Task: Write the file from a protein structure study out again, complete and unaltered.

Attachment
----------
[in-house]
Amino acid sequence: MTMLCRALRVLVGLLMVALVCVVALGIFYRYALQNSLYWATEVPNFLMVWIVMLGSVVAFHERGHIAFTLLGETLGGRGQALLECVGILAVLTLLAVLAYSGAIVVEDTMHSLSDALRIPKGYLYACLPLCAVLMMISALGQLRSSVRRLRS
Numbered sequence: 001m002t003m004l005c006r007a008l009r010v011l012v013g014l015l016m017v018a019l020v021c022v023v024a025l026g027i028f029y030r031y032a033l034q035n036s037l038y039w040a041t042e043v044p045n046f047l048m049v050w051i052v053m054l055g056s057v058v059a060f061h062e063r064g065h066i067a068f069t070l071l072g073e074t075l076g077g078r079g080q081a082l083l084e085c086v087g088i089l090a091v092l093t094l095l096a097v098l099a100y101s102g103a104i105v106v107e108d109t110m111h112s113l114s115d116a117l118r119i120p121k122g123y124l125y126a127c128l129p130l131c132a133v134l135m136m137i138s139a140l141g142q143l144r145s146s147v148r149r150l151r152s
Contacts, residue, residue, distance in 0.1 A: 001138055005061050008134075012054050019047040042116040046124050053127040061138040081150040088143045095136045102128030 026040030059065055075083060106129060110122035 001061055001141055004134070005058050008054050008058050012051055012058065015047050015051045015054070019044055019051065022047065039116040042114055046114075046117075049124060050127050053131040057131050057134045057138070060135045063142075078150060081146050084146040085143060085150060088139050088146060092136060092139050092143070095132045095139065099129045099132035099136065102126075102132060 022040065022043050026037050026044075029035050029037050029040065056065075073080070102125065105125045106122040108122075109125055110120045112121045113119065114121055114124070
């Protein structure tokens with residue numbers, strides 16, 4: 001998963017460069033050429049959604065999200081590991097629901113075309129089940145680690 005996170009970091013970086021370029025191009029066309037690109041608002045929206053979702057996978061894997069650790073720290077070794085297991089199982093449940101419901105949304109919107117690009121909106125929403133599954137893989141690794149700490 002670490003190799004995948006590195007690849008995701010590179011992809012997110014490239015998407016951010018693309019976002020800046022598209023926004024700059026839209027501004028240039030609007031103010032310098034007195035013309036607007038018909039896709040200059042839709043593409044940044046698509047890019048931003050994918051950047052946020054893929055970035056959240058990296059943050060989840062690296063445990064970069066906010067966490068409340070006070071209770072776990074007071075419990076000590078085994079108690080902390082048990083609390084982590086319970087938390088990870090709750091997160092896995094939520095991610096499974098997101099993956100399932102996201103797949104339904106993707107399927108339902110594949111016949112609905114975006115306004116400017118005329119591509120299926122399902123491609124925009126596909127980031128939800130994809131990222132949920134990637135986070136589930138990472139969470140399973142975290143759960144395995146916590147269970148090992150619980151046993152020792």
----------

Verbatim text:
[in-house]
Amino acid sequence: MTMLCRALRVLVGLLMVALVCVVALGIFYRYALQNSLYWATEVPNFLMVWIVMLGSVVAFHERGHIAFTLLGETLGGRGQALLECVGILAVLTLLAVLAYSGAIVVEDTMHSLSDALRIPKGYLYACLPLCAVLMMISALGQLRSSVRRLRS
Numbered sequence: 001m002t003m004l005c006r007a008l009r010v011l012v013g014l015l016m017v018a019l020v021c022v023v024a025l026g027i028f029y030r031y032a033l034q035n036s037l038y039w040a041t042e043v044p045n046f047l048m049v050w051i052v053m054l055g056s057v058v059a060f061h062e063r064g065h066i067a068f069t070l071l072g073e074t075l076g077g078r079g080q081a082l083l084e085c086v087g088i089l090a091v092l093t094l095l096a097v098l099a100y101s102g103a104i105v106v107e108d109t110m111h112s113l114s115d116a117l118r119i120p121k122g123y124l125y126a127c128l129p130l131c132a133v134l135m136m137i138s139a140l141g142q143l144r145s146s147v148r149r150l151r152s
Contacts, residue, residue, distance in 0.1 A: 001138055005061050008134075012054050019047040042116040046124050053127040061138040081150040088143045095136045102128030 026040030059065055075083060106129060110122035 001061055001141055004134070005058050008054050008058050012051055012058065015047050015051045015054070019044055019051065022047065039116040042114055046114075046117075049124060050127050053131040057131050057134045057138070060135045063142075078150060081146050084146040085143060085150060088139050088146060092136060092139050092143070095132045095139065099129045099132035099136065102126075102132060 022040065022043050026037050026044075029035050029037050029040065056065075073080070102125065105125045106122040108122075109125055110120045112121045113119065114121055114124070
């Protein structure tokens with residue numbers, strides 16, 4: 001998963017460069033050429049959604065999200081590991097629901113075309129089940145680690 005996170009970091013970086021370029025191009029066309037690109041608002045929206053979702057996978061894997069650790073720290077070794085297991089199982093449940101419901105949304109919107117690009121909106125929403133599954137893989141690794149700490 002670490003190799004995948006590195007690849008995701010590179011992809012997110014490239015998407016951010018693309019976002020800046022598209023926004024700059026839209027501004028240039030609007031103010032310098034007195035013309036607007038018909039896709040200059042839709043593409044940044046698509047890019048931003050994918051950047052946020054893929055970035056959240058990296059943050060989840062690296063445990064970069066906010067966490068409340070006070071209770072776990074007071075419990076000590078085994079108690080902390082048990083609390084982590086319970087938390088990870090709750091997160092896995094939520095991610096499974098997101099993956100399932102996201103797949104339904106993707107399927108339902110594949111016949112609905114975006115306004116400017118005329119591509120299926122399902123491609124925009126596909127980031128939800130994809131990222132949920134990637135986070136589930138990472139969470140399973142975290143759960144395995146916590147269970148090992150619980151046993152020792």